Bob Black: What is Wrong With This Picture? A Critique of a Neo-Futurist's Vision of the Decline of Work

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We approach what Bill Gates calls “frictionless capitalism”: direct transactions between producers and consumers. Capitalism will eliminate the mercantile middlemen who created it. In Proletarian Heaven, the handloom weavers must be snickering. What’s wrong with this picture? Fundamentally this: the commodities so abundantly produced in an almost workerless economy have to be sold, but in order to be sold, they must be bought, and in order for them to be bought, consumers require the money to pay for them. They get most of that money as wages for working. Even Rifkin, who goes to great lengths not to sound radical, grudgingly admits that a certain Karl Marx came up with this notion of a crisis of capitalist overproduction relative to purchasing power. There are other difficulties too. The work of the remaining workers, the knowledge-workers, is immensely stressful. Like text on a computer screen, it scrolls around inexorably, but for every worker who can’t take it, there’s another in “the new reserve army” of the unemployed (another borrowing from you-know-who) desperate to take her place. And the redundant majority is not just an insuffi- cient market, it’s a reservoir of despair. Not only are people going to be poor, they’re going to know that they’re useless. What happened to the first victims of automation — southern blacks displaced by agricultural technology ending up as a permanent underclass — will happen to many millions of whites too. We know the consequences: crime, drugs, family breakdown, social decay. Controlling or, more realistically, containing them will be costly and difficult.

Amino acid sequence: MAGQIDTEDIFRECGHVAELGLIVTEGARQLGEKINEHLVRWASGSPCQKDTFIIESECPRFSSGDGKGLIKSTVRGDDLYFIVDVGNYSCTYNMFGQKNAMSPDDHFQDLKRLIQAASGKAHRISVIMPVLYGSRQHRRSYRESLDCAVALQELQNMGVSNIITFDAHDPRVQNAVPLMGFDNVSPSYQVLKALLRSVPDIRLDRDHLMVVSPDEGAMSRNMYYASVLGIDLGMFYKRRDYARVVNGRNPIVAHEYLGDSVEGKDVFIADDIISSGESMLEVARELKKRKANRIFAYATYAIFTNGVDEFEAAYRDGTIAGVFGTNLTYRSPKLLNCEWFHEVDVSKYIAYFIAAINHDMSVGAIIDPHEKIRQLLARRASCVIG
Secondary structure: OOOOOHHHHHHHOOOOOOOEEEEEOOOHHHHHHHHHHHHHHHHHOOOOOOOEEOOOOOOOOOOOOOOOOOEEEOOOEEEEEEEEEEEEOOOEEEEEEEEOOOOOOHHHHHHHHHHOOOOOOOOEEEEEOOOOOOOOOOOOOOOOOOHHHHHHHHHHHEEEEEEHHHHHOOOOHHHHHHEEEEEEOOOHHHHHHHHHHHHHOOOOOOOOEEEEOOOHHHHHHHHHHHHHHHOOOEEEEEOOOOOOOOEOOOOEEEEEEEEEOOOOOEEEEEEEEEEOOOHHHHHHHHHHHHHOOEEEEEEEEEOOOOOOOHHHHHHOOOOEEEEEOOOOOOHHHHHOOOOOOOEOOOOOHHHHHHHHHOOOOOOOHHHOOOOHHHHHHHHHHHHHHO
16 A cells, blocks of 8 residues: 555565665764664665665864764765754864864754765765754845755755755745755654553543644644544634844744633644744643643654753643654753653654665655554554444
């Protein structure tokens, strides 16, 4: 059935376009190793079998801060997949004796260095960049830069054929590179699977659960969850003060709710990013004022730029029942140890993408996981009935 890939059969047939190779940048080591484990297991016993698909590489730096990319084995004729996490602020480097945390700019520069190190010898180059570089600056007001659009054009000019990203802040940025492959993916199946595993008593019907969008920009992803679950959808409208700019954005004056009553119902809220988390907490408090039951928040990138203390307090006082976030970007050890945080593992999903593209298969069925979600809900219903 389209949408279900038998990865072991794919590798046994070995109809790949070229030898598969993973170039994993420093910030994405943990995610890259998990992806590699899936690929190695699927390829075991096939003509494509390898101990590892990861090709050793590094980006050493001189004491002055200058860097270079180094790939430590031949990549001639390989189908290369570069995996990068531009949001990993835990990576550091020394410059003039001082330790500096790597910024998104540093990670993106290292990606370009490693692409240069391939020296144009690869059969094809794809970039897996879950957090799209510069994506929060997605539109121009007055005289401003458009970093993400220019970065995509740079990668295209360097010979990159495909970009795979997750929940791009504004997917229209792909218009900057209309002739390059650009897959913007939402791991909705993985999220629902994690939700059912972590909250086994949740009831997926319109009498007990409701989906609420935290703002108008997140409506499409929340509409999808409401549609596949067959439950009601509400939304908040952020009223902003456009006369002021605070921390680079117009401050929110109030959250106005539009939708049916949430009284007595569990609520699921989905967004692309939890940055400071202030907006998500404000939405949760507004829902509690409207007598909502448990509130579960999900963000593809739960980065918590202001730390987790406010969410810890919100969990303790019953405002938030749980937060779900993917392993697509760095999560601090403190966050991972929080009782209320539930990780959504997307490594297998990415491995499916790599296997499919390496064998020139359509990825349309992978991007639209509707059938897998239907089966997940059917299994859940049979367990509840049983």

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  Bob Blac  What is Wrong with this Picture?A critique of a neo-futurist’svision of the decline of work 1995ish  2 e End of Work: e D ecline of the G lobal Labor Force and the D awn of the  Post-Market Era  By Jeremy RiinNew York: G.P. Putnam’s Sons, 1995. Fu t u ri s t s ha v e announced t he new pos t-i ndus tri a l epoch a l mos t as o  en asMa rxi s t s used t o announce t he fi na l c ri s i s o f  cap it a li sm . Adm ii ng as much ,  J  e r em y R ii n i ns i s t s t ha t t h i s ti me , t he f  u t u r e i s fi na lly he r e , and he r e t o s t a y. He may be right. No o ri g i na l t h i nke r, R ii n i s a l uc i d conca t ena t o r and popu l a ri ze r o f i mpo r-t an t i n f  o r ma ti on , se rv ed up f  o r eas y d i ges ti on . A l mos t an y bod y wou l d come away from reading this book knowing more about trends in technology and the organization of work which have already transformed everyday life worldwideand , wha t e v e r t he ir u lti ma t e i mpac t, a r e ce rt a i n t o e ff  ec t p r o f  ounde r changes s till. A l ong t he wa y, t hough , R ii n makes enough c r uc i a l m i s t akes f  o r h i s r e f  o r m schemes , p r osa i c t hough t he y a r e , t o assu r e t he ir cons i gnmen t t o t he u t op i an scrapheap. A lt hough R ii n p r o vi des p l en ty o f  de t a il s , t he y ne v e r de tr ac t fr om t he b i g , bas i cmessage .  ewo rl dasweha v eknown itt h r oughou t h i s t o ri c ti mehasbeenawo rl d o f  wo r k . Fo r a ll bu t an e lit e f  ew ( and e v en f  o r mos t o f t hem ), t he ir wo r k has(as Riin says) “structured” their lives.Forall therevolutionary transf ormations s i nce t he dawn o f  c ivili za ti on , wo r k as quo ti d i an f  a t a lity has (t o li a li ne fr omW illi am Fau l kne r) no t on ly endu r ed , it has p r e v a il ed . I ndeed , wo r k was l onge r, ha r de r anddu ll e r a  e rt he I ndus tri a l Re v o l u ti onanda  e rt heNeo lit h i cRe v o l u ti on be f  o r e it. Po liti ca l r e v o l u ti ons ha v e wo r ked p r o f  ound changes , bu t no t p r o f  oundchanges in work.Tat’s all beginning to change, according to Riin.  e g l oba l econom y has ne v e r been mo r e p r oduc tiv e , bu t wo rl dw i de , unem - p l o y men t i s a t it s h i ghes t s i nce t he G r ea t Dep r ess i on . New t echno l og y, espec i a lly i n f  o r ma ti on t echno l og y, i s a l wa y s cap it a l-i n t ens iv e . It’ s b li nd f  a it h and shee r fantasy to suppose that new technology always replaces the jobs it destroys. A ll t he e vi dence , as R ii n r e l en tl ess ly and ri gh tly i ns i s t s , i s t o t he con tr a ry. It’ snonsens i ca l and c r ue l t o r e tr a i n t en wo r ke r s f  o r a j ob on ly one o f t hem m i gh t get (but probably won’t, since a young new entry into the workforce is probably hea lt h i e r, mo r e tr ac t ab l e , and unbu r dened b y memo ri es o f t he good o l d da y s ). We ’r e mo vi ng t owa r d a “ nea r- wo r ke rl ess wo rl d .” Ou t o f 1 2 4 m illi on Ame ri can  jobs, 90 million “are potentially vulnerable to replacement by machines.” As R ii n r e v ea l s , t he t ech - d riv en downs i z i ng o f t he wo r k f  o r ce spa r es no sec t o r of the economy. In the United States, srcinally a country of farmers, only 2.7%o f t he popu l a ti on wo r ks i n ag ri cu lt u r e , and he r e — and e v e ry whe r e — “t he end  3 o f  ou t doo r ag ri cu lt u r e ” i s f  o r seeab l e .  e i ndus tri a l sec t o r was ne xt. And now t he t e rti a ry sec t o r, wh i ch had g r own r e l a tiv e t o t he o t he r s , wh i ch i s now b yf  a r t he l a r ges t sec t o r, i s ge i ng pa r ed down . Au t oma ti c t e ll e r mach i nes r ep l acebank t e ll e r s . M i dd l e managemen t i s d r ama ti ca lly d i m i n i shed : t he bosses r e l a y their orders to the production workers directly, by computer, and monitor their compliance by computer too. We app r oach wha t B ill Ga t es ca ll s “fri c ti on l ess cap it a li sm ”: d ir ec t tr ansac ti ons be t ween p r oduce r s and consume r s . Cap it a li sm w ill e li m i na t e t he me r can til em i dd l emen who c r ea t ed it. I n P r o l e t a ri an Hea v en , t he hand l oom wea v e r s mus t be snickering. Wha t’ s w r ong w it h t h i s p i c t u r e ? Fundamen t a lly t h i s : t he commod iti es soabundan tly p r oduced i n an a l mos t wo r ke rl ess econom y ha v e t o be so l d , bu ti n o r de r t o be so l d , t he y mus t be bough t, and i n o r de r f  o r t hem t o be bough t, consume r s r equ ir e t he mone y t o pa y f  o r t hem .  e y ge t mos t o f t ha t mone y aswages for working. Even Riin, who goes to great lengths not to sound radical, g r udg i ng ly adm it s t ha t a ce rt a i n Ka rl Ma rx came up w it h t h i s no ti on o f  a c ri s i s o f  capitalist overproduction relative to purchasing power.  e r e a r e o t he r d iffi cu lti es t oo .  e wo r k o f t he r ema i n i ng wo r ke r s , t he know l- edge - wo r ke r s , i s i mmense ly s tr ess f  u l. Li ke t e xt on a compu t e r sc r een , it sc r o ll s a r ound i ne x o r ab ly, bu t f  o r e v e ry wo r ke r who can ’t t ake it, t he r e ’ s ano t he r i n “t henew reserve army” of the unemployed (another borrowing from you-know-who) despe r a t e t o t ake he r p l ace . And t he r edundan t ma  j o rity i s no t j us t an i nsu ffi- c i en t ma r ke t, it’ s a r ese rv o ir o f  despa ir. No t on ly a r e peop l e go i ng t o be poo r, t he y’r e go i ng t o know t ha t t he y’r e use l ess . Wha t happened t o t he fir s t vi c ti ms o f  automation—southern blacks displaced byagricultural technologyending up asa permanent underclass — will happen to many millions of whites too. We know the consequences: crime, drugs, family breakdown, social decay. Controlling or, more realistically, containing them will be costly and difficult. If t ha t i s t he f  u t u ri s t f  u t u r e , seem i ng ly so menac i ng e v en t o t hose who a r ef orcing usf orward,what’s wrong withthis picture?Employers should be clam-o ri ng f  o r t he r e f  o r m wh i ch unde r p i ns a ll t he o t he r s R ii n p r oposes : a sho rt e r workweek.  a t wou l d pu t mo r e peop l e on t he pa yr o ll, g ivi ng t hem some t h i ng t o dobes i des f  ee li ng so rry f  o r t hemse lv es o r, wo r se y e t, fi gu ri ng ou t who ’ s t o b l ame , and providing the purchasing power to buy the commodities the employers are i n bus i ness t o se ll. Bu t — t o R ii n ’ s appa r en t amazemen t — t hose Ame ri cans s till en  j o yi ng t he dub i ous p rivil ege o f  wo r k i ng , wo r k l onge r hou r s t han t he y d i d i n 1 9 4 8 , a lt houghp r oduc tivity hass i nce t henmo r e t handoub l ed . I ns t eado fr educ i nghou r s , emp l o y e r s a r e r educ i ng t he ir f  u llti me wo r k f  o r ces , i n t ens ifyi ng e x p l o it a ti on  4 and i nsecu rity, wh il e s i mu lt aneous ly ma xi m i z i ng t he use o f t h r owawa y t emp workers, momentarily mobilized reservists. Riin is obviously frustrated by the bosses’ failure to appreciate what he hasasce rt a i ned t o be t he ir l ong -t e r m , en li gh t ened se lf-i n t e r es t. H i s own modes t p r oposa l f  o r a k i nde r, gen tl e r h i gh t ech cap it a li sm accep t s as g iv en t ha t a l o t o f  people will continue to work while a lot of others will not. For those who workhe p r oposes sho rt e r hou r s , bu t he fr e t s t ha t t he y ma y fri e r awa y t he ir fr ee ti me . S till mo r e wo rri some a r e t hose whom t he econom y has down l oaded i n t oidleness. For both classes he has a solution. e still-employed are to enter “the t h ir d sec t o r”, t he v o l un t ee r sec t o r ( as opposed t o t he ma r ke t and go v e r nmen t sectors), encouraged by “a tax deduction for every hour given-to legally certified tax-exempt-organizations.” And t he pe r manen tly unemp l o y ed w ill ge t a go v e r nmen t- supp li ed “ soc i a l wage ”, channe ll ed t h r ough “ nonp r o fit o r gan i za ti ons t o he l p t hem r ec r u it and train the poor for jobs in their organizations.” Hold it right there! Hasn’t Riin repeatedly insisted that the early decades of  t he 2 1 st cen t u ry, if  no t soone r, w ill be a nea rly wo r k l ess f  u t u r e ?  a t p r oduc tivity will increase as producers dwindle? Wh y does t h i s i mpe r a tiv e go v e r n t he f  o r- p r o fit sec t o r bu t no t t he nonp r o fit sector? If t he r e ’ s s till so much wo r k t o be done , be it e v e r so f  ee l- good and “ commun ity- based”, and if people are to be paid to do it — whatever the “creative accounting” b y wh i ch t he ir wages a r e pa i d — t hen t h i s i s no nea rly- wo r k l ess wo rl d a t a ll. R ii n i s ass i gn i ng t he o t he r w i se unemp l o y ab l e t o t he wo r khouse o r t he cha i n - gang. Tat’s, to say the least, an awfully odd conclusion to a book titled Te End of Work  .What’s wrong (something obviously is) with this picture?  J  us t t h i s . R ii n m i sunde r s t ands , o r r eco il s fr om , t he i mp li ca ti ons o f  h i s v e ry powerful demonstration that work is increasingly irrelevant to production. Why is work geing ratcheted up for those who still do it even as it’s denied to thosewho need to work to survive?Are the bosses crazy? No t necessa rily.  e y ma y unde r s t and , if  on ly i n t u itiv e ly, t he ir i n t e r es t s be  e r t han a fr ee l ance dem i-i n t e ll ec t ua l li ke R ii n does .  a t suppos iti on i s a t l eas t cons i s t en t w it h t he -. obse rv ed f  ac t s t ha t t he bosses a r e s till r unn i ng t he wo rl d whe r eas J  e r em y R ii n i s on ly w riti ng books abou t it. R ii n assumes t ha t wo r k i s only about economics, but it was always more than that: it was politics too. As its economic importance wanes, work’s control function comes to the fore. Wo r k , li ke t he s t a t e , i s an i ns tit u ti on f  o r t he con tr o l o f t he man y b y t he f  ew . It preempts most of our waking hours. It’s oen physically or mentally enervating.